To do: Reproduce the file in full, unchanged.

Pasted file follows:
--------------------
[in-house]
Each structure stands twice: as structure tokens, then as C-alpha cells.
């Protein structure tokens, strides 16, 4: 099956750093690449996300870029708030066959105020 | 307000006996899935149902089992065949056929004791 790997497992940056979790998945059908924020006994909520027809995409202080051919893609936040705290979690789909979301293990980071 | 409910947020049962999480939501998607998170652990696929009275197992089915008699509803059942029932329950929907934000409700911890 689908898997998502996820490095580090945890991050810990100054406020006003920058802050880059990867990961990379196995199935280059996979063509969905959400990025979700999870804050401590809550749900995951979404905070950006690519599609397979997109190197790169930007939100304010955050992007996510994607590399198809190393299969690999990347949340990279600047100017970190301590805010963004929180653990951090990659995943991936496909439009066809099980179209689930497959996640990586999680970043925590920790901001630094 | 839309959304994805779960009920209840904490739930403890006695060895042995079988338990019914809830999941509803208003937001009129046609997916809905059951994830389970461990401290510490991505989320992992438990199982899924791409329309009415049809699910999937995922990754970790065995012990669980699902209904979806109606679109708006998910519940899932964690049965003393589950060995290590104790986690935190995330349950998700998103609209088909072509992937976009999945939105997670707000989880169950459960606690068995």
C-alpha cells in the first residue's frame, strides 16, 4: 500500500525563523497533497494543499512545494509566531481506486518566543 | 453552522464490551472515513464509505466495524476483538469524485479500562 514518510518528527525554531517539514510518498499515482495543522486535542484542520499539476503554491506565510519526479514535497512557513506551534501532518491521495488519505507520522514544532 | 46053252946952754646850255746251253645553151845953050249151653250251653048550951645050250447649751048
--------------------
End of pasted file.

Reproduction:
[in-house]
Each structure stands twice: as structure tokens, then as C-alpha cells.
């Protein structure tokens, strides 16, 4: 099956750093690449996300870029708030066959105020 | 307000006996899935149902089992065949056929004791 790997497992940056979790998945059908924020006994909520027809995409202080051919893609936040705290979690789909979301293990980071 | 409910947020049962999480939501998607998170652990696929009275197992089915008699509803059942029932329950929907934000409700911890 689908898997998502996820490095580090945890991050810990100054406020006003920058802050880059990867990961990379196995199935280059996979063509969905959400990025979700999870804050401590809550749900995951979404905070950006690519599609397979997109190197790169930007939100304010955050992007996510994607590399198809190393299969690999990347949340990279600047100017970190301590805010963004929180653990951090990659995943991936496909439009066809099980179209689930497959996640990586999680970043925590920790901001630094 | 839309959304994805779960009920209840904490739930403890006695060895042995079988338990019914809830999941509803208003937001009129046609997916809905059951994830389970461990401290510490991505989320992992438990199982899924791409329309009415049809699910999937995922990754970790065995012990669980699902209904979806109606679109708006998910519940899932964690049965003393589950060995290590104790986690935190995330349950998700998103609209088909072509992937976009999945939105997670707000989880169950459960606690068995």
C-alpha cells in the first residue's frame, strides 16, 4: 500500500525563523497533497494543499512545494509566531481506486518566543 | 453552522464490551472515513464509505466495524476483538469524485479500562 514518510518528527525554531517539514510518498499515482495543522486535542484542520499539476503554491506565510519526479514535497512557513506551534501532518491521495488519505507520522514544532 | 46053252946952754646850255746251253645553151845953050249151653250251653048550951645050250447649751048